Because Daniel, we know, was not written after the death of Jesus Christ, and Daniel prophesies the year, at least the year of his death. So, where do we go from here? We are faced with a simple fact that the book claims to be the word of God. There's no question about that. There is solid evidence, objective, verifiable, measurable evidence that it is in fact extraordinary.

So, what are we going to do about it? You can choose to live under the burden of doubt and fear and worry and eat yourself up from the inside, or you can choose to receive the word, to grasp its power and to live out its promises. This is an extraordinary book. You can trust it. It'll rebuke you, it'll challenge you, it'll convict you, but I promise you, it will never let you down.

It will never disappoint you. Let's pray. Father, we thank you for this remarkable word. We thank you that you have spoken, and you have spoken to us, and you have spoken to us on paper where we can read and study and meditate and carry your word. I pray for those, your word says that it is a hammer that breaks the rock in pieces. It also says that it is a gentle rain like showers upon the grass. I pray for those who are in need of a shower today, showers upon the grass.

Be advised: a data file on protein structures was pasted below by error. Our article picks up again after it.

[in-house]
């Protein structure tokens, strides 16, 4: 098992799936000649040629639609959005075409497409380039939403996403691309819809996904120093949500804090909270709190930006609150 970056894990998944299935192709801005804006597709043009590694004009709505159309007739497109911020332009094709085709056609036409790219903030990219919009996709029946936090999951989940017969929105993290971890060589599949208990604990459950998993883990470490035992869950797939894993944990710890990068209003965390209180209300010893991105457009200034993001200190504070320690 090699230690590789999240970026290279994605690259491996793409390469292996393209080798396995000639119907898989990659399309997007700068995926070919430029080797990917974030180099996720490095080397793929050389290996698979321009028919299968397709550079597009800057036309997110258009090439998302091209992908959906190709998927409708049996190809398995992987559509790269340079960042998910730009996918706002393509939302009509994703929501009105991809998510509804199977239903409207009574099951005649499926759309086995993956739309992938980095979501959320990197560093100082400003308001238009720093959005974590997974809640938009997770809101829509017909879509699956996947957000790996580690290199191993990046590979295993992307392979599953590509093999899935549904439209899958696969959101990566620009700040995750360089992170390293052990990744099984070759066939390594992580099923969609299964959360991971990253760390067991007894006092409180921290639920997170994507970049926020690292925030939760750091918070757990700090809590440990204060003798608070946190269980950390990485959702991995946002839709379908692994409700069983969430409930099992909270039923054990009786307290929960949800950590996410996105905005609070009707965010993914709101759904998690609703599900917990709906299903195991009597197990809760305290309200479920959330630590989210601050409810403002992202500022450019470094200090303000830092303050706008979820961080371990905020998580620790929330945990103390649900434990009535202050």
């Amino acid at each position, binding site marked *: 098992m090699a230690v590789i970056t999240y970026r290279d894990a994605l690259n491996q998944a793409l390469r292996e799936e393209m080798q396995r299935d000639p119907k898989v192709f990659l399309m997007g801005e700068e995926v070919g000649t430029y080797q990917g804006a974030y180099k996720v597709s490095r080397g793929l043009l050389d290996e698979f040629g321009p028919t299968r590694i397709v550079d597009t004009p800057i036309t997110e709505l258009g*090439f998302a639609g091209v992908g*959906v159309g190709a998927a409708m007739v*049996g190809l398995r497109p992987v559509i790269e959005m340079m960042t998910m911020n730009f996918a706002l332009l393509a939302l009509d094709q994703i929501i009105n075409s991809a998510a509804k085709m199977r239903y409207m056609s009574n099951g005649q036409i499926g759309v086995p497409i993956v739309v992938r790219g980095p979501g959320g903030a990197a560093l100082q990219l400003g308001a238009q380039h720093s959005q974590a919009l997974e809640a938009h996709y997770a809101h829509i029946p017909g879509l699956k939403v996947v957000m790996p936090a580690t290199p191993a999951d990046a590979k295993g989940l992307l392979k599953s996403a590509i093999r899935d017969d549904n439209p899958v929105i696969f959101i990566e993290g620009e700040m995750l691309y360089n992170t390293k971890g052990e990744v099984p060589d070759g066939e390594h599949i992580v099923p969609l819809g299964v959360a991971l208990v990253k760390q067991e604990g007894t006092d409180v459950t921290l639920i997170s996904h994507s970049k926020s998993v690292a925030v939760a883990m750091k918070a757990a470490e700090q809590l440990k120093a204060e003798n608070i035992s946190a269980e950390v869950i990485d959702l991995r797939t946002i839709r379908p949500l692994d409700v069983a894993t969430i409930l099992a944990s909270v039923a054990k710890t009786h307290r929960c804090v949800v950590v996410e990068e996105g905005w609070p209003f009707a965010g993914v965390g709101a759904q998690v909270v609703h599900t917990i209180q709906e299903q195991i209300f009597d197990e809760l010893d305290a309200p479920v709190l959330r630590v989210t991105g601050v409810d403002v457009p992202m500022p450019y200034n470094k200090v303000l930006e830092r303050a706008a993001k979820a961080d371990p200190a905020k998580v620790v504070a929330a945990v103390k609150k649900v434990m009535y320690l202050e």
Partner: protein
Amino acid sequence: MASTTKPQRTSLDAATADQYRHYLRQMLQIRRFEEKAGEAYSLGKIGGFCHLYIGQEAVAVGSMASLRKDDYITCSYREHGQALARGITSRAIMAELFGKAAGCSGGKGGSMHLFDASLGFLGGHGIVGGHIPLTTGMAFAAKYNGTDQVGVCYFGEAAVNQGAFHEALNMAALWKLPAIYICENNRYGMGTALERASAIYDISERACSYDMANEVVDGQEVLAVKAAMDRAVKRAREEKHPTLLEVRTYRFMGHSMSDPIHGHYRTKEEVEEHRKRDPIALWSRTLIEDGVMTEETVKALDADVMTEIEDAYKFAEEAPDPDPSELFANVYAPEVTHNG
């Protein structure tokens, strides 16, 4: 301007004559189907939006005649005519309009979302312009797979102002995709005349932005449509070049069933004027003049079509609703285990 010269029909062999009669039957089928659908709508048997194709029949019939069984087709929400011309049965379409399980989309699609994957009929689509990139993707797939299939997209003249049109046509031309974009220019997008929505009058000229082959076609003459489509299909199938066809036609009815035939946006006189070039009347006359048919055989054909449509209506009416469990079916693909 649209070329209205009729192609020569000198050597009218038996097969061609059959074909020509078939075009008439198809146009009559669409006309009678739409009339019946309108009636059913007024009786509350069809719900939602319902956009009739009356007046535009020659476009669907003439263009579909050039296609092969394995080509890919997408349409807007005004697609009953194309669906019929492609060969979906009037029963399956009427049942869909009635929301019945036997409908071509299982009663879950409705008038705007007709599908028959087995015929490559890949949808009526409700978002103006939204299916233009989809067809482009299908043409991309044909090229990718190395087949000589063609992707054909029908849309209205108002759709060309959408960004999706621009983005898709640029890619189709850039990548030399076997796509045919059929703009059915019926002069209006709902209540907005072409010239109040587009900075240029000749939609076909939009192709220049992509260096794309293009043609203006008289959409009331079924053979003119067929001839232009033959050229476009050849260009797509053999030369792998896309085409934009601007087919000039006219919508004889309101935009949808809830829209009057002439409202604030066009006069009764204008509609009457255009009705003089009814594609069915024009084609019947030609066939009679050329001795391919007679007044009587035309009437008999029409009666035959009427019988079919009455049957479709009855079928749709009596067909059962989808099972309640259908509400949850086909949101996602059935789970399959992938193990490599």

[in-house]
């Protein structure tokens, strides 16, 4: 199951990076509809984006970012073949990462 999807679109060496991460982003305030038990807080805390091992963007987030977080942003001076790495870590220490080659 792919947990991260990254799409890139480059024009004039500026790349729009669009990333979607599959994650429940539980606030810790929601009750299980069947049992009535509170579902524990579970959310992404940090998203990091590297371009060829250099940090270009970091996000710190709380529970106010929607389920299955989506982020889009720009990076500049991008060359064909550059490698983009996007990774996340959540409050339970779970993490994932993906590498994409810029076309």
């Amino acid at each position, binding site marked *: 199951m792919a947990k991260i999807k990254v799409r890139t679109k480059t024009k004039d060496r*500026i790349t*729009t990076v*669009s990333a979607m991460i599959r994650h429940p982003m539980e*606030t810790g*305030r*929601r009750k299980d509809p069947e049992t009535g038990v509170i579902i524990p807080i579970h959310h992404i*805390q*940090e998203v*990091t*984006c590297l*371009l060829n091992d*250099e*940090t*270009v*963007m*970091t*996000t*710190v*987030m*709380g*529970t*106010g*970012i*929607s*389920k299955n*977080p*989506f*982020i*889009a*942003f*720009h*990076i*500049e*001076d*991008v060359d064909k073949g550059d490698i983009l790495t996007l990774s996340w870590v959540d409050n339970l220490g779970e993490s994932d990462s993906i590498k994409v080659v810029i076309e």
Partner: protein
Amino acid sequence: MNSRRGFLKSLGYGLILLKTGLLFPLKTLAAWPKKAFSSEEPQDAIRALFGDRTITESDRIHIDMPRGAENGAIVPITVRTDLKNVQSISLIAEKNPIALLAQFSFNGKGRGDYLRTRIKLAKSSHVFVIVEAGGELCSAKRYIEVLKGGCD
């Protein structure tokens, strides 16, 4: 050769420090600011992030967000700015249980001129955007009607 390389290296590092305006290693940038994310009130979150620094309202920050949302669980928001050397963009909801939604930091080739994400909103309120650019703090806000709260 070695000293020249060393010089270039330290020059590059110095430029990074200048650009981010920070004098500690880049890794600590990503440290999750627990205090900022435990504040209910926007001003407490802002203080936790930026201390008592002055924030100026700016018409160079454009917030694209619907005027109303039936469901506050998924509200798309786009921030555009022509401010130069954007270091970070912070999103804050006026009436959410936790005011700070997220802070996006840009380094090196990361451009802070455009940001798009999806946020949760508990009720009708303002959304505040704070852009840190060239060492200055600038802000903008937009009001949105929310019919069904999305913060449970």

They are tired and dirty and weak and worried, and they just need refreshment. Will you make your word a refreshment to them this day? I pray for those whose hearts are rocks that are in need of a hammer and brokenness. Would your word crush their arrogance and their apathy and their resistance today? Would your spirit draw them to the Father? Would He open their eyes to understand the scripture? Would He convict them of their gross sinfulness?

And would He create life in them? We pray in Jesus' name. Amen. You've been listening to a sermon preached by Dr. Dan Olinger, seminary professor at Bob Jones University. Thanks again for listening, and we look forward to the next time as we study God's Word together on The Daily Platform.
Whisper: medium.en / 2024-02-25 13:58:25 / 2024-02-25 14:07:16 / 9